[Further information can be found at 1.36 to 1.37 of the AFH 2020.]
General Controls and Transparency
The AFH 2020 confirms the minimum control framework that an academy trust must maintain. These include the following areas:
- Ensure delegated financial authorities are complied with
- Maintain appropriate segregation of duties
- Co-ordinate the planning and budgeting process
- Apply discipline in financial management, including managing debtors, creditors, cash flaw and monthly bank reconciliations
- Plan and oversee capital projects
- Manage and oversee assets, and maintain a fixed asset register
- Ensure regularity, propriety and value of money in the organisation’s activities
- Reduce the risk of fraud and theft
- Deliver independent checking of controls, systems, transactions and risk.
[Further information can be found at 2.7 of the AFH 2020.]
As part of ongoing review of the budgeting process, trusts are now required to challenge pupil number estimates on a termly basis as they underpin the revenue projections in the budgets and forecasts.
[Further information can be found at 2.12 of the AFH 2020.]
Integrated Curriculum and Financial Planning
Trusts are encouraged to take an integrated approach to curriculum and financial planning so that they are confident about planning the best curriculum for their pupils and delivering the trust’s educational priorities with the funding that is available to that trust. A toolkit is available on the ESFA’s website to assist trusts in performing this review.
Trusts are reminded that they must manage their cash position robustly. All trusts must avoid becoming overdrawn on any of its bank accounts so that it ensures that it does not breach the restrictions on borrowing. Trusts may have to report their cash balances to the ESFA where they consider that there are concerns regarding a trust’s financial management.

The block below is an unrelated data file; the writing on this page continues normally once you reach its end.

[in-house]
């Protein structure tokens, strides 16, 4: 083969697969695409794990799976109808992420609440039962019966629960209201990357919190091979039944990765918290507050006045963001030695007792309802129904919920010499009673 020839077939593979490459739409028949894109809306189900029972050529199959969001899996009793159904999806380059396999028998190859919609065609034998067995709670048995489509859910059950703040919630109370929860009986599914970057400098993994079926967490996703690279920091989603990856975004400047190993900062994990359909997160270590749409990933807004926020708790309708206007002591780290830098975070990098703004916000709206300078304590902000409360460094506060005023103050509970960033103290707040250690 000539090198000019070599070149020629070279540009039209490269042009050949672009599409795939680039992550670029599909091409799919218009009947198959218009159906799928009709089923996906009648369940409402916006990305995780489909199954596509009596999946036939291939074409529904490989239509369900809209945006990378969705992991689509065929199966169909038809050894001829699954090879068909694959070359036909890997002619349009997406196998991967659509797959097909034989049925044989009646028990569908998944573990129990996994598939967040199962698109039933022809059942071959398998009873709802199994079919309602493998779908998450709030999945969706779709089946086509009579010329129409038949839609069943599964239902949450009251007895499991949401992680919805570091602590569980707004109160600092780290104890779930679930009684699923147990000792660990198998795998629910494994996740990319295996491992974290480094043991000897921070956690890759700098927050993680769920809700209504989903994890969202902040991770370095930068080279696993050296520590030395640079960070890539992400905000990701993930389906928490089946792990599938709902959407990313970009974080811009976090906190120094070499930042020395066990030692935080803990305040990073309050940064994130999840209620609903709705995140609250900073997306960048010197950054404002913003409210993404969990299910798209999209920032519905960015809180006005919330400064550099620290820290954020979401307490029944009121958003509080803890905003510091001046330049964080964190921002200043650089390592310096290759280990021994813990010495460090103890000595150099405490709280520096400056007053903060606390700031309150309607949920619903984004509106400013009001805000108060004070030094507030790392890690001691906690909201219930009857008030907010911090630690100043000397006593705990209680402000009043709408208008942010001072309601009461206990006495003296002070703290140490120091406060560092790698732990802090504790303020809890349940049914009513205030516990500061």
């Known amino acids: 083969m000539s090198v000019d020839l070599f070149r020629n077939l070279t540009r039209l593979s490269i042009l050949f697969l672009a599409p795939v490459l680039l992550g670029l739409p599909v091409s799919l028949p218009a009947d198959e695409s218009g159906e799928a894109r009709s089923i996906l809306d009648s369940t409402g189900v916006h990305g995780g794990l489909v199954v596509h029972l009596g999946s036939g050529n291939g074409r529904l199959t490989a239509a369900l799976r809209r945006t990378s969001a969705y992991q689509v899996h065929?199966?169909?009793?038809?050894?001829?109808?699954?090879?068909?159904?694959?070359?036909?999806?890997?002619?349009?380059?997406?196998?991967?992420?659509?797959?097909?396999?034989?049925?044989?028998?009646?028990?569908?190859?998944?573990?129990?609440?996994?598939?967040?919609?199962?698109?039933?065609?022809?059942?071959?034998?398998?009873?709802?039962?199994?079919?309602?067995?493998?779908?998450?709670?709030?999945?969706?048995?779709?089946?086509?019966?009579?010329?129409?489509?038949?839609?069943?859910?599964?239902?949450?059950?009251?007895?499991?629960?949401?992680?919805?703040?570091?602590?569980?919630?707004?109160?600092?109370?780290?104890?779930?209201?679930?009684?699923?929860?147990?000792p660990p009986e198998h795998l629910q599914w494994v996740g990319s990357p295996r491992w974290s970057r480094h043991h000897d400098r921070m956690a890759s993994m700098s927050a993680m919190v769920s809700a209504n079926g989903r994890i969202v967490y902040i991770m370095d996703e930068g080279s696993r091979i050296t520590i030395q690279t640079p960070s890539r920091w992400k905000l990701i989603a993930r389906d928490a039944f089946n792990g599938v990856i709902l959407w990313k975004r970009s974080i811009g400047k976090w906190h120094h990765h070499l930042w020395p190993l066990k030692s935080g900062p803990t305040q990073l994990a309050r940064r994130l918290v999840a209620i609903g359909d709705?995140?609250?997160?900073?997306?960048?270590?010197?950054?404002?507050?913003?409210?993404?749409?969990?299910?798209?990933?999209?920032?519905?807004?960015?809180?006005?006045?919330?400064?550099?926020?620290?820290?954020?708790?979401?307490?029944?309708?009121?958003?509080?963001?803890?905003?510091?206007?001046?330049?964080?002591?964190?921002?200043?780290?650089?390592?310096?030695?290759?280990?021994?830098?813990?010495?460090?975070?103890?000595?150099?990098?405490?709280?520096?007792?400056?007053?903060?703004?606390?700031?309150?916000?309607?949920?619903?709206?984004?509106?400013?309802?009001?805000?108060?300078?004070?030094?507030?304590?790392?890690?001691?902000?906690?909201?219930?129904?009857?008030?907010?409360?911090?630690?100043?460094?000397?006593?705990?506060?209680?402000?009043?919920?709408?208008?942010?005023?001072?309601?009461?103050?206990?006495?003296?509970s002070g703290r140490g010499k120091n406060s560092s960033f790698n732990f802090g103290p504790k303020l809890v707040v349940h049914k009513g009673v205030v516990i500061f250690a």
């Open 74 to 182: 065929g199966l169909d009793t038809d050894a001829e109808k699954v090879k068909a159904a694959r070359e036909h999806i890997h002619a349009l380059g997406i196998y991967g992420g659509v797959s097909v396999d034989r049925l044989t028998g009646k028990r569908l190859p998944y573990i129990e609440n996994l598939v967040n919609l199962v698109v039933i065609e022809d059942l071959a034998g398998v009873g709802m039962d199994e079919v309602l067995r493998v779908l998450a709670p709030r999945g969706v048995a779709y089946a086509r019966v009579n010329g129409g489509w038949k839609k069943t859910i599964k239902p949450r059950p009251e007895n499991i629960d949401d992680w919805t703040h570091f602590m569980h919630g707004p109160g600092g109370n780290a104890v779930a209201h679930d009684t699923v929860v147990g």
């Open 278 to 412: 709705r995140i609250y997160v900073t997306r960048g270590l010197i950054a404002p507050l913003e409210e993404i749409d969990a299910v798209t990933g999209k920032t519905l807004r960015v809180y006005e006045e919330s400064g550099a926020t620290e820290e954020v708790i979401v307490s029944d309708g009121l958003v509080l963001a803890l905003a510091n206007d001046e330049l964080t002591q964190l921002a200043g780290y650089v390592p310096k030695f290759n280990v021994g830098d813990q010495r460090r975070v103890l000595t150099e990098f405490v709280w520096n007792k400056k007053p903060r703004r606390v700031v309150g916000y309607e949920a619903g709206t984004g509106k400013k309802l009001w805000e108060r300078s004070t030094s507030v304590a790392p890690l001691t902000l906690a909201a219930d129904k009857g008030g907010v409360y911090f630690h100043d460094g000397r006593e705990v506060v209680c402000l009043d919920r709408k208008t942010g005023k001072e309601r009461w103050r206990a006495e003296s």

Publication of Executive Pay
The AFH 2020 sees a new mandatory requirement for trusts to publish on their website in a separate readily accessible form the number of employees whose benefits exceeded £100k, in £10k bandings, as an extract from the disclosure in its statutory financial statements for the previous year ended 31 August. Benefits for this purpose include salary, other taxable benefits, and terminations payments, but do not include any pension contributions that the trust may have made. In addition, trusts are also required to disclose in £5k bandings the same details for any employees who are also trustees.
[Further information can be found at 2.32 of the AFH 2020.]
Trustees must ensure that they have agreed a whistleblowing policy and that it is published on the trusts website.
Purchase of Alcohol
The AFH 2020 has clarified and confirmed that the trust’s funds must not be used to purchase alcohol for consumption unless it is being purchased for religious services.
[Further information can be found at 2.35 of the AFH 2020.]
Each trust must ensure that it has an effective way of managing risk and this must include the maintenance of a formal risk register. The overall responsibility and oversight of risk management sits with the board of Trustees drawing on advice and support of the audit and risk committee (or committee fulfilling the same role). In addition to any reviews performed by sub-committees, the board of Trustees must ensure that it reviews the risk register at least on an annual basis. The risk management process must ensure that all risks are reviewed and maintained on the risk register, not just financial risks.
[Further information can be found at 2.38 and 3.6 to 3.8 of the AFH 2020.]
Schools Resource Management Self-Assessment Tool
All trusts must complete the schools resource management self-assessment tool and ensure that their completed checklist is submitted to the ESFA by the specified annual deadline.
As it can been seen, the ESFA have further strengthened the requirements of the Academies Financial Handbook for periods commencing 1 September 2020. The largest change this year for the majority of academy trusts will relate to how it performs its programme of internal scrutiny. This is to further enhance and improve the level of governance and transparency within the academy sector.
A full copy of the Academies Financial Handbook 2020 can be downloaded from here.
If you have any questions about the Academies Financial Handbook, please contact a member of your engagement team or email: email@example.com